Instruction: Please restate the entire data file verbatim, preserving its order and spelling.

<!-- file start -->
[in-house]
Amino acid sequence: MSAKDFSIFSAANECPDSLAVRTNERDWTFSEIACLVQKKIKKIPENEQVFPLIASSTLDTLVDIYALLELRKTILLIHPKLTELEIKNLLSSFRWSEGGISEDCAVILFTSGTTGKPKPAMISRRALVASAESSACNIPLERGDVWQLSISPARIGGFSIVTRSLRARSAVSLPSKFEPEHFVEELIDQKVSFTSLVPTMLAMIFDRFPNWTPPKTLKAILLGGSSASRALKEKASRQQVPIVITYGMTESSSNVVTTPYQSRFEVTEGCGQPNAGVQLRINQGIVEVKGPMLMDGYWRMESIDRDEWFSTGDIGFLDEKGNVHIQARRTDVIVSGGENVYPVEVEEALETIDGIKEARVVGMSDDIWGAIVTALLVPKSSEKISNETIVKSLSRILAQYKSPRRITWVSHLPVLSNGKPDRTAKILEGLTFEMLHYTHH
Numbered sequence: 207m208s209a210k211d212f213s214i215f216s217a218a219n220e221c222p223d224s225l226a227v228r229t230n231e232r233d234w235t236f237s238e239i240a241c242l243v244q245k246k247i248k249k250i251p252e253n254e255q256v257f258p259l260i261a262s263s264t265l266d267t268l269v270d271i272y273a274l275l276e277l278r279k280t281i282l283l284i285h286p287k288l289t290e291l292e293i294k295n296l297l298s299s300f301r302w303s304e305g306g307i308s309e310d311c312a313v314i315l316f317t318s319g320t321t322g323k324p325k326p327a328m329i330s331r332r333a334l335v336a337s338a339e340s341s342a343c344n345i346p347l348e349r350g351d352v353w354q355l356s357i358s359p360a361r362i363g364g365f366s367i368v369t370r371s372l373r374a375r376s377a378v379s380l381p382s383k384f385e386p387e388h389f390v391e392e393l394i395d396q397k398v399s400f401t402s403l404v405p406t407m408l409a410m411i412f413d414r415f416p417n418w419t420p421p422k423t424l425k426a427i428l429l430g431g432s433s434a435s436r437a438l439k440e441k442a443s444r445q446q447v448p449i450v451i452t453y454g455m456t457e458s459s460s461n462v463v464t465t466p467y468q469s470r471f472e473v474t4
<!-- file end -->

[in-house]
Amino acid sequence: MSAKDFSIFSAANECPDSLAVRTNERDWTFSEIACLVQKKIKKIPENEQVFPLIASSTLDTLVDIYALLELRKTILLIHPKLTELEIKNLLSSFRWSEGGISEDCAVILFTSGTTGKPKPAMISRRALVASAESSACNIPLERGDVWQLSISPARIGGFSIVTRSLRARSAVSLPSKFEPEHFVEELIDQKVSFTSLVPTMLAMIFDRFPNWTPPKTLKAILLGGSSASRALKEKASRQQVPIVITYGMTESSSNVVTTPYQSRFEVTEGCGQPNAGVQLRINQGIVEVKGPMLMDGYWRMESIDRDEWFSTGDIGFLDEKGNVHIQARRTDVIVSGGENVYPVEVEEALETIDGIKEARVVGMSDDIWGAIVTALLVPKSSEKISNETIVKSLSRILAQYKSPRRITWVSHLPVLSNGKPDRTAKILEGLTFEMLHYTHH
Numbered sequence: 207m208s209a210k211d212f213s214i215f216s217a218a219n220e221c222p223d224s225l226a227v228r229t230n231e232r233d234w235t236f237s238e239i240a241c242l243v244q245k246k247i248k249k250i251p252e253n254e255q256v257f258p259l260i261a262s263s264t265l266d267t268l269v270d271i272y273a274l275l276e277l278r279k280t281i282l283l284i285h286p287k288l289t290e291l292e293i294k295n296l297l298s299s300f301r302w303s304e305g306g307i308s309e310d311c312a313v314i315l316f317t318s319g320t321t322g323k324p325k326p327a328m329i330s331r332r333a334l335v336a337s338a339e340s341s342a343c344n345i346p347l348e349r350g351d352v353w354q355l356s357i358s359p360a361r362i363g364g365f366s367i368v369t370r371s372l373r374a375r376s377a378v379s380l381p382s383k384f385e386p387e388h389f390v391e392e393l394i395d396q397k398v399s400f401t402s403l404v405p406t407m408l409a410m411i412f413d414r415f416p417n418w419t420p421p422k423t424l425k426a427i428l429l430g431g432s433s434a435s436r437a438l439k440e441k442a443s444r445q446q447v448p449i450v451i452t453y454g455m456t457e458s459s460s461n462v463v464t465t466p467y468q469s470r471f472e473v474t4